Art of Attention: Five Keys to Emotional Consistency

This is not about purification, nor is it about denial. This is about using your attention, your only real tool, to cultivate your most essential capacity for inner consistency.
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1. This is not about purification or denial of your emotions. This is about using your attention, your only real tool, to cultivate your most essential capacity for inner consistency.

To be consistent emotionally, less reactive (raise your hand if that's desirable to you!) the starting point is a simple pause, an opening in the flow of time, a willingness to see what is viable and be more available to your potential for awareness. Everyone and everything is here to show you the way to your own freedom.

When things are going awry and you can feel your physical reactions (queasy belly, heart rate ramping up, nervous, volatile, reactive), OPEN your eyes and your ears. Stop talking. Don't try to direct, shape or mold any person or situation, for a few moments. Persist in recognizing the emotional surge and its manifestations; be the observer of all in that moment.


2. Collect and gather yourself. Notice what is appalling or frustrating about another's behavior and remember: Anything that truly gets to you, riles you up, is just some quality or behavior of your own. If you see it and it disturbs you, you possess that attitude in some shade or tone, and it's downright awful to see it played out in another person or circumstance in front of you. But be easy on yourself; judgment is wasteful at this point. See it as a trip to the zoo. At the zoo, there is no judgment; you look and watch, you observe, you marvel, maybe you recoil sometimes, but there isn't human "judgment," you're simply watching the animals as they breathe, eat and do their work of living. At this point you reiterate your commitment to observe but with a purposefully supportive inward stance.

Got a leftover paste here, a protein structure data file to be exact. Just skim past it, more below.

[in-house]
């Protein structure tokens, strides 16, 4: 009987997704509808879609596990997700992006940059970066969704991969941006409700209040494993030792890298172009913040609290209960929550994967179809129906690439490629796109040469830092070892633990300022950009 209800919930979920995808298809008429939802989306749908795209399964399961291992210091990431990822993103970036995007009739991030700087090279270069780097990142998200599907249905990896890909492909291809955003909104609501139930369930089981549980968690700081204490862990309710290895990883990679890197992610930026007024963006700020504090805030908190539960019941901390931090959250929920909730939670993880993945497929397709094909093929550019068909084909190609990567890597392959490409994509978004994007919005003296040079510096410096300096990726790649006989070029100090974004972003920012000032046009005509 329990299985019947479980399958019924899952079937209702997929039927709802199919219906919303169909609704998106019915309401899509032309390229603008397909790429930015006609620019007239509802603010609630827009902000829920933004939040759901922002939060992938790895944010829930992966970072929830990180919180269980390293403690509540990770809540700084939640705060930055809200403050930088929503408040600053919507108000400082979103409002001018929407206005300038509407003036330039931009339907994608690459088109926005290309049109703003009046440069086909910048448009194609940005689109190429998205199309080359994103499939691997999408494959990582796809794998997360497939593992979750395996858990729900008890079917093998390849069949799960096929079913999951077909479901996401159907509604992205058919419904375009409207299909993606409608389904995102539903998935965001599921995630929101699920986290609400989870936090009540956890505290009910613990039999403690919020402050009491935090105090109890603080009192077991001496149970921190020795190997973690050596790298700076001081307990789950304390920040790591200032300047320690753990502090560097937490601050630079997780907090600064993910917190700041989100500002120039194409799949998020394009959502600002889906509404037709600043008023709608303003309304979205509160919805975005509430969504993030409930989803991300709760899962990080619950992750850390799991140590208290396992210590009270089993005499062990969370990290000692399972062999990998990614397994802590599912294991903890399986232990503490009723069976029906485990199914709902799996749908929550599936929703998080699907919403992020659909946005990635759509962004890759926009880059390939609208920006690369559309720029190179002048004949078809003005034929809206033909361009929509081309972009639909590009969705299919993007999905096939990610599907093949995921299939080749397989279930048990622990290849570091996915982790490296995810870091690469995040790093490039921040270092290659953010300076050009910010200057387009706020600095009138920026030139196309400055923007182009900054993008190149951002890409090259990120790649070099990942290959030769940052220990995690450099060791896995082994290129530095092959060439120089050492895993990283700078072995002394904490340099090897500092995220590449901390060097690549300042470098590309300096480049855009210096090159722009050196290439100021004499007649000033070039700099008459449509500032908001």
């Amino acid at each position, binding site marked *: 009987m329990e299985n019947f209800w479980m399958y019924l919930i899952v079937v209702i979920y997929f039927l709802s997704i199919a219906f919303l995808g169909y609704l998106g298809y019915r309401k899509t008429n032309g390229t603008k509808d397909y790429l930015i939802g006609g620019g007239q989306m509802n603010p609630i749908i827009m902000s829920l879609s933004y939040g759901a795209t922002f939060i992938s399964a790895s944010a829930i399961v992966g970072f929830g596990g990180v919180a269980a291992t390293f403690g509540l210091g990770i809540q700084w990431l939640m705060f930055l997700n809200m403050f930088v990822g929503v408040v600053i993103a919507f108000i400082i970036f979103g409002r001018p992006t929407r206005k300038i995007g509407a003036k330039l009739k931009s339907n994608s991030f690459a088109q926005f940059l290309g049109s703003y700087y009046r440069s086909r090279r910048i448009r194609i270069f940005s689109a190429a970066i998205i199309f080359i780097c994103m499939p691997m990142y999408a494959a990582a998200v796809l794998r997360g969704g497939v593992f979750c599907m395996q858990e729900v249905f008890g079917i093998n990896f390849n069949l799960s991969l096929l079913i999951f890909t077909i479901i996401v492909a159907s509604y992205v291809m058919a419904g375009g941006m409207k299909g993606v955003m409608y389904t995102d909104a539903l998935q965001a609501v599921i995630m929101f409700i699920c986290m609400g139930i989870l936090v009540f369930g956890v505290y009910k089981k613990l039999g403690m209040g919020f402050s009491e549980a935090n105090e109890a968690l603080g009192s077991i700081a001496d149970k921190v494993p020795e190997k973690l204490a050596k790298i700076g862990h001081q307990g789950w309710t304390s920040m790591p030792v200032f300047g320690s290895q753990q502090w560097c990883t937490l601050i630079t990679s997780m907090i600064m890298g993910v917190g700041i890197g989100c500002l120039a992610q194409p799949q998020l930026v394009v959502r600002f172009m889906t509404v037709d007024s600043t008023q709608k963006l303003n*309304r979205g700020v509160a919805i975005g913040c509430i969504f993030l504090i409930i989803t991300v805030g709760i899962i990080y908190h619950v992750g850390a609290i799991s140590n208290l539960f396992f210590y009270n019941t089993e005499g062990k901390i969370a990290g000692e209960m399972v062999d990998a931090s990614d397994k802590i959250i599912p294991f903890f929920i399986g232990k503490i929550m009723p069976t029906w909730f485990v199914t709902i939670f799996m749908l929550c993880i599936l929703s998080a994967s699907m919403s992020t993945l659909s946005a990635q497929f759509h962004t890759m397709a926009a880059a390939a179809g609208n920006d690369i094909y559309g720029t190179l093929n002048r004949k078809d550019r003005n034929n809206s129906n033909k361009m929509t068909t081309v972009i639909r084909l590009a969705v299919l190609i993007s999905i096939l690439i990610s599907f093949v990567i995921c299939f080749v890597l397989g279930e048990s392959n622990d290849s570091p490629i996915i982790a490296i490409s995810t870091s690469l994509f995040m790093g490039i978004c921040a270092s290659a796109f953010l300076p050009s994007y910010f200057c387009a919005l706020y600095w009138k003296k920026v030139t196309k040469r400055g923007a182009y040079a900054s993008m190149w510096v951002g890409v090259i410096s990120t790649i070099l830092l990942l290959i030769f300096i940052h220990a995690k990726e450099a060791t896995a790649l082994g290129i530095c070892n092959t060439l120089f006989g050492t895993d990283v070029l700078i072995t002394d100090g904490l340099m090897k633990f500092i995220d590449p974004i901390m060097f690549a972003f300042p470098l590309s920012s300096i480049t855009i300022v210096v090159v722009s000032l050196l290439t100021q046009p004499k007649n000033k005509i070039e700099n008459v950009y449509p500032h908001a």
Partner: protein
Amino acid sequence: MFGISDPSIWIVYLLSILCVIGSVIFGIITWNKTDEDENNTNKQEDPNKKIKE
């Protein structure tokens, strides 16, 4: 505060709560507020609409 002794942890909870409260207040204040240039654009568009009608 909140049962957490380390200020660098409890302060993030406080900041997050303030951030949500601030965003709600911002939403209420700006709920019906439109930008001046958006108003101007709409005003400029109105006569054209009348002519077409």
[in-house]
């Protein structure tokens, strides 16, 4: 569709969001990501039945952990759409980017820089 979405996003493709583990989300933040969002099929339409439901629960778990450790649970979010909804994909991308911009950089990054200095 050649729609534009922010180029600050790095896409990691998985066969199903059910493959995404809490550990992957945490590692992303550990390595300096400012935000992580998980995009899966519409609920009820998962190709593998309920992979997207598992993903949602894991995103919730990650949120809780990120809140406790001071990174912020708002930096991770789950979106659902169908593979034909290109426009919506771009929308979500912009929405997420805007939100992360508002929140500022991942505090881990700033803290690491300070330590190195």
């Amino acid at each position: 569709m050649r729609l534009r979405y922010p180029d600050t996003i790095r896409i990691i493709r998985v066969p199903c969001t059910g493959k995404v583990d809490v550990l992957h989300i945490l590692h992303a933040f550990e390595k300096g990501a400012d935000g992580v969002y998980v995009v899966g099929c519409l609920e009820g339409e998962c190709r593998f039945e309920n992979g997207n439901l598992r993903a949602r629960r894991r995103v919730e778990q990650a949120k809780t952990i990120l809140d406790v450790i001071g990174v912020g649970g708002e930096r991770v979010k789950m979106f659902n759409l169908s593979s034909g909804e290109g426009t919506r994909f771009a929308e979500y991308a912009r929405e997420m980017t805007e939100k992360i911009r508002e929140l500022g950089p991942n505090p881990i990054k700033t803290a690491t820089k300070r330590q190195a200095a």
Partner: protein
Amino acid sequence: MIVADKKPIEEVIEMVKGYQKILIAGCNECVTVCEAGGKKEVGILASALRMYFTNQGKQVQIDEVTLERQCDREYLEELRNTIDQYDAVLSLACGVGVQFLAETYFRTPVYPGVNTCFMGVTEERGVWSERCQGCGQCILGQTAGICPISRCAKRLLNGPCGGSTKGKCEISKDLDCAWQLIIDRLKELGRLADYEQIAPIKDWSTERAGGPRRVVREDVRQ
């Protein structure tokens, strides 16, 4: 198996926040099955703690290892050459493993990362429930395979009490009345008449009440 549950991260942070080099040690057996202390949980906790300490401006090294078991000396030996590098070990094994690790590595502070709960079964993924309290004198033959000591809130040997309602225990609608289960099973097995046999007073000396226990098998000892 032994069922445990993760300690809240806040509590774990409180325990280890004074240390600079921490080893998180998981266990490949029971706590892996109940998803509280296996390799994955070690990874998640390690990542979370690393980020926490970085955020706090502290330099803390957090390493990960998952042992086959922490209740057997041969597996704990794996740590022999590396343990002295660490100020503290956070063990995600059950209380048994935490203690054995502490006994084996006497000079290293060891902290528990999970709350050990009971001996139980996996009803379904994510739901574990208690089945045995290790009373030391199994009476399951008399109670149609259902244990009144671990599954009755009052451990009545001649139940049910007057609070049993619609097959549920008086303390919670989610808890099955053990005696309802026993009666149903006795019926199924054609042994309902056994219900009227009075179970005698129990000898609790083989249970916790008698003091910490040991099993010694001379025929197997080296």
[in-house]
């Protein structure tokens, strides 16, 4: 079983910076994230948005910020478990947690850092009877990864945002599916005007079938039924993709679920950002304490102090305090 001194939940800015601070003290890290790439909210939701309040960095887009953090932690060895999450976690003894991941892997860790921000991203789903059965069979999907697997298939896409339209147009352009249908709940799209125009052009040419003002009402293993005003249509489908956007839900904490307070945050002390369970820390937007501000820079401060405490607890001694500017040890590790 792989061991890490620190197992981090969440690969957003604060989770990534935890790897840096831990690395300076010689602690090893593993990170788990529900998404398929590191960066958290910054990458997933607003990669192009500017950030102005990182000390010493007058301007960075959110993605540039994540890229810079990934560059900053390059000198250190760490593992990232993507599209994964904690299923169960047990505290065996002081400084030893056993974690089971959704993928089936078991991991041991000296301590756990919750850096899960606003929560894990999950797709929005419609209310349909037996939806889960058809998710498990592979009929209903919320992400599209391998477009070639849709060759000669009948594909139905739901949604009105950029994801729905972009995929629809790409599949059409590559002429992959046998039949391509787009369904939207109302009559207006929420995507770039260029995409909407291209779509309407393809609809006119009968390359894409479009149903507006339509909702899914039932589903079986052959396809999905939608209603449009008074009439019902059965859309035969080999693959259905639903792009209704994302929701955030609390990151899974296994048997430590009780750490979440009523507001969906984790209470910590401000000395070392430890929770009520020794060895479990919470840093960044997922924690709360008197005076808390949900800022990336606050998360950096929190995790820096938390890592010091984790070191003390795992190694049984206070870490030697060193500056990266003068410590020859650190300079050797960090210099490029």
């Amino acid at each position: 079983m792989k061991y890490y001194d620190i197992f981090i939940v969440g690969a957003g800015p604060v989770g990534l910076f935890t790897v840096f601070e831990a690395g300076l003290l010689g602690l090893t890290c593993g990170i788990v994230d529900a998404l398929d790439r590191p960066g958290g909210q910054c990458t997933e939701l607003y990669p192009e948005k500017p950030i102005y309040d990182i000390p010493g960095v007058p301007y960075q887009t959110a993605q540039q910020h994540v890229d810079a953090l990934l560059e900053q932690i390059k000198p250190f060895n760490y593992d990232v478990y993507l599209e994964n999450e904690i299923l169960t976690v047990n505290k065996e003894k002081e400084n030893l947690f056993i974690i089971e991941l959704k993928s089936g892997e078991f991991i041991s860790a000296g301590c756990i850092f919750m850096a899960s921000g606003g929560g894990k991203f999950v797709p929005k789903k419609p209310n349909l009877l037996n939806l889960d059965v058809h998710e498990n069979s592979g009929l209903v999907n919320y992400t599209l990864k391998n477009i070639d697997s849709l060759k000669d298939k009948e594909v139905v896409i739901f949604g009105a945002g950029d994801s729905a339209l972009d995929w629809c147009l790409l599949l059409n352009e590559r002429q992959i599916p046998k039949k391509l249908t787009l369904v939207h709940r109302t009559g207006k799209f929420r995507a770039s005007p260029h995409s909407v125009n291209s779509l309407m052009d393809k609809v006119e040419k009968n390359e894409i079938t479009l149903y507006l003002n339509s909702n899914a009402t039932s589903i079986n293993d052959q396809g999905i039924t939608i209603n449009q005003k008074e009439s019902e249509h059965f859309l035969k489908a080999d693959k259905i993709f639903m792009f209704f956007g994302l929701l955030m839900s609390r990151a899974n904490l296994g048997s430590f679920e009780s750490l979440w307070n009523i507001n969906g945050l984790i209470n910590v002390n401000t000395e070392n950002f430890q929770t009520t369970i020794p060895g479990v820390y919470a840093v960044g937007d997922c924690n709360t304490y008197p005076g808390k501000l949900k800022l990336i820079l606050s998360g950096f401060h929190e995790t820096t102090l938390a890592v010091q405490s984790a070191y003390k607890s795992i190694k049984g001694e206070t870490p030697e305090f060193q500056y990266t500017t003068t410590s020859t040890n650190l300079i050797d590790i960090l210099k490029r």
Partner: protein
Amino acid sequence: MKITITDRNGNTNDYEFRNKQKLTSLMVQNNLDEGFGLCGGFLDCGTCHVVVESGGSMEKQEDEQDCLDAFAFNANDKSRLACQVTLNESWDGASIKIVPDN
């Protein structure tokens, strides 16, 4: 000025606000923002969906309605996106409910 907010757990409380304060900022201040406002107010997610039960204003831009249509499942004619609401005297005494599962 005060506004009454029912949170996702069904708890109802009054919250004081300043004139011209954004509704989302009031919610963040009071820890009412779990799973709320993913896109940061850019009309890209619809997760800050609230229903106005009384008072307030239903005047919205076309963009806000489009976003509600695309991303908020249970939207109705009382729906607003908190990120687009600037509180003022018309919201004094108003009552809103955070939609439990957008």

3. As promised in the first A of A post, each post will have a breathing practice. This week: UJJAYI.

Ujjayi is a victorious, uprising breath, very efficient in softening the charge of internal disturbance -- remember this as often as possible. Your breathing can effectively shift entire rooms full of people (not that that is the point, but it does).

Gently lower your chin slightly toward your chest, and open your mouth a bit. Inhale with a big HAHHH sound, then exhale with the same sound. Good. Once again in, and out.

Now close your mouth and do the same HAHH breath, mouth closed, and feel the resonance in the back of your throat, even along the roof of your mouth. Keep breathing like this as you read, and keep this in mind as you attempt -- once you've paused -- to align well in a situation that is threatening to pull you down.

This breathing shifts your inner disposition toward attentive calm by literally alkalinizing your entire body and bringing you closer to a sense of inner majesty, where calm is in full view.

4. With that breathing fully installed, it's possible to align elegantly with any disagreement or disappointment. Your experience of pausing and observing affords you the critical vantage point from which you can see, according to Julius Evola, that your "...emotions [need] no longer [be] experienced as subjective reflections [problems, personal affronts, heavy negativities], but rather as sheer forces moving through us."

Sheer forces moving through us.

Once fully understood from many months of watching your reactivity and how wasteful and draining it is, these forces become perfectly interesting, and the moment of elegant alignment -- appropriate responsiveness -- is at hand. And if all else fails, know that when the forces seem like absolute imperatives requiring strong reactions, it's time to backtrack to #3. Or watch yourself react, and then go back to #1. And have a laugh.

5. What you'll notice over time is that this is really a compassion-cultivating exercise, as much as it is a consistency-building practice. When you can clearly see that quality that you abhor as your own, in some shape or form, you've just experienced true compassion. I am you, you are me, we are all exactly the same in infinite respects. #5 is about how you can offer your experience of recognizing and then using your breathing to transmute your emotions into a helpful, life-enhancing response. Make your moments of inner calm externally manifest, factually, as your consistent attentive state, no matter what the moment. "What you yourself wish to experience, provide for another."

With gratitude to Hugo Cory, who helped me clearly see the hilarious horror of my behavior, and John Friend, whose elegant, concise set of alignment principles called the Universal Principles of Alignment™ shall inspire these posts in some way.

Next week: your Heart.

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